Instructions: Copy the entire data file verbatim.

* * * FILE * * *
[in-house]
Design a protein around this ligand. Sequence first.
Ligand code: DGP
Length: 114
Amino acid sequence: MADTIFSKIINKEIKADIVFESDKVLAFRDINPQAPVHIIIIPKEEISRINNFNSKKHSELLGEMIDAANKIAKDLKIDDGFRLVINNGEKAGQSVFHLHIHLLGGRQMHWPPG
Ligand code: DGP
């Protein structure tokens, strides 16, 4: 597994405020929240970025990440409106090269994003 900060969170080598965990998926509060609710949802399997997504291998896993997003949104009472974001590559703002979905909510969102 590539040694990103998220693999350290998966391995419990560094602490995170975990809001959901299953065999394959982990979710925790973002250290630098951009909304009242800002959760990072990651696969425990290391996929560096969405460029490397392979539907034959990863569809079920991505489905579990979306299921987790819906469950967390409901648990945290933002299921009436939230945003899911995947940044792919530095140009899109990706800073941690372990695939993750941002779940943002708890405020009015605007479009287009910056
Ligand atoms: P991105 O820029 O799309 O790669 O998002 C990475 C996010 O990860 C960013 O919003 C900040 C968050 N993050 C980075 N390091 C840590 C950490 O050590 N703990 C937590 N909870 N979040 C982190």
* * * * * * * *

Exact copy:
[in-house]
Design a protein around this ligand. Sequence first.
Ligand code: DGP
Length: 114
Amino acid sequence: MADTIFSKIINKEIKADIVFESDKVLAFRDINPQAPVHIIIIPKEEISRINNFNSKKHSELLGEMIDAANKIAKDLKIDDGFRLVINNGEKAGQSVFHLHIHLLGGRQMHWPPG
Ligand code: DGP
């Protein structure tokens, strides 16, 4: 597994405020929240970025990440409106090269994003 900060969170080598965990998926509060609710949802399997997504291998896993997003949104009472974001590559703002979905909510969102 590539040694990103998220693999350290998966391995419990560094602490995170975990809001959901299953065999394959982990979710925790973002250290630098951009909304009242800002959760990072990651696969425990290391996929560096969405460029490397392979539907034959990863569809079920991505489905579990979306299921987790819906469950967390409901648990945290933002299921009436939230945003899911995947940044792919530095140009899109990706800073941690372990695939993750941002779940943002708890405020009015605007479009287009910056
Ligand atoms: P991105 O820029 O799309 O790669 O998002 C990475 C996010 O990860 C960013 O919003 C900040 C968050 N993050 C980075 N390091 C840590 C950490 O050590 N703990 C937590 N909870 N979040 C982190």